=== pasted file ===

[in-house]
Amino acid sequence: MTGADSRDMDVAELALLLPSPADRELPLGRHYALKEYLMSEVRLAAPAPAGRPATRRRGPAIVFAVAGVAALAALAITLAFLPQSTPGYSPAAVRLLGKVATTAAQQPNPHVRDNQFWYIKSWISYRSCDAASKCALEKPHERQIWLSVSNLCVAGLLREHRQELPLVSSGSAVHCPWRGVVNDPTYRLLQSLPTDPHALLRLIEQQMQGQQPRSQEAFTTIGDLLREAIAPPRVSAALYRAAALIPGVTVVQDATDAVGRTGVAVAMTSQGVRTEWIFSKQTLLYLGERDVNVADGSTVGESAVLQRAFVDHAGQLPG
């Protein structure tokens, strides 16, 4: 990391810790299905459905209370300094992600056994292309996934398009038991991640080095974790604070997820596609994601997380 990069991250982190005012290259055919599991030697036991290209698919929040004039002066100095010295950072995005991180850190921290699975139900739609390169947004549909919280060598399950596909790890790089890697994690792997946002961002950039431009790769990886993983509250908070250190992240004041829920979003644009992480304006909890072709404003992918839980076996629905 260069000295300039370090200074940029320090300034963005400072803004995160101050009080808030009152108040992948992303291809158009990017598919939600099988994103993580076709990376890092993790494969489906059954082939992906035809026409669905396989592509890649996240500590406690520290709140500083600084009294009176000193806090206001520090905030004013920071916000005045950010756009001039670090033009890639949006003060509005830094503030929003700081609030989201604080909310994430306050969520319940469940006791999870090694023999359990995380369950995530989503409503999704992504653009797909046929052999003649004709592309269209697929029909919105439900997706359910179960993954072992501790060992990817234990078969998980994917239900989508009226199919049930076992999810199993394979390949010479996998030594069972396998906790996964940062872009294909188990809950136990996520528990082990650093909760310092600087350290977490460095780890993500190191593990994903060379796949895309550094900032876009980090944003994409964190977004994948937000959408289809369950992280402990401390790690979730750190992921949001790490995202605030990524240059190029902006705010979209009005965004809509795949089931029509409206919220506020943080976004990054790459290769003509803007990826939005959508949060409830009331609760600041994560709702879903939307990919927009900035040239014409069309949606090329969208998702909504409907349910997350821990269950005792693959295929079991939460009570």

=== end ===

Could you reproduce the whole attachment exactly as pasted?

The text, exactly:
[in-house]
Amino acid sequence: MTGADSRDMDVAELALLLPSPADRELPLGRHYALKEYLMSEVRLAAPAPAGRPATRRRGPAIVFAVAGVAALAALAITLAFLPQSTPGYSPAAVRLLGKVATTAAQQPNPHVRDNQFWYIKSWISYRSCDAASKCALEKPHERQIWLSVSNLCVAGLLREHRQELPLVSSGSAVHCPWRGVVNDPTYRLLQSLPTDPHALLRLIEQQMQGQQPRSQEAFTTIGDLLREAIAPPRVSAALYRAAALIPGVTVVQDATDAVGRTGVAVAMTSQGVRTEWIFSKQTLLYLGERDVNVADGSTVGESAVLQRAFVDHAGQLPG
């Protein structure tokens, strides 16, 4: 990391810790299905459905209370300094992600056994292309996934398009038991991640080095974790604070997820596609994601997380 990069991250982190005012290259055919599991030697036991290209698919929040004039002066100095010295950072995005991180850190921290699975139900739609390169947004549909919280060598399950596909790890790089890697994690792997946002961002950039431009790769990886993983509250908070250190992240004041829920979003644009992480304006909890072709404003992918839980076996629905 260069000295300039370090200074940029320090300034963005400072803004995160101050009080808030009152108040992948992303291809158009990017598919939600099988994103993580076709990376890092993790494969489906059954082939992906035809026409669905396989592509890649996240500590406690520290709140500083600084009294009176000193806090206001520090905030004013920071916000005045950010756009001039670090033009890639949006003060509005830094503030929003700081609030989201604080909310994430306050969520319940469940006791999870090694023999359990995380369950995530989503409503999704992504653009797909046929052999003649004709592309269209697929029909919105439900997706359910179960993954072992501790060992990817234990078969998980994917239900989508009226199919049930076992999810199993394979390949010479996998030594069972396998906790996964940062872009294909188990809950136990996520528990082990650093909760310092600087350290977490460095780890993500190191593990994903060379796949895309550094900032876009980090944003994409964190977004994948937000959408289809369950992280402990401390790690979730750190992921949001790490995202605030990524240059190029902006705010979209009005965004809509795949089931029509409206919220506020943080976004990054790459290769003509803007990826939005959508949060409830009331609760600041994560709702879903939307990919927009900035040239014409069309949606090329969208998702909504409907349910997350821990269950005792693959295929079991939460009570």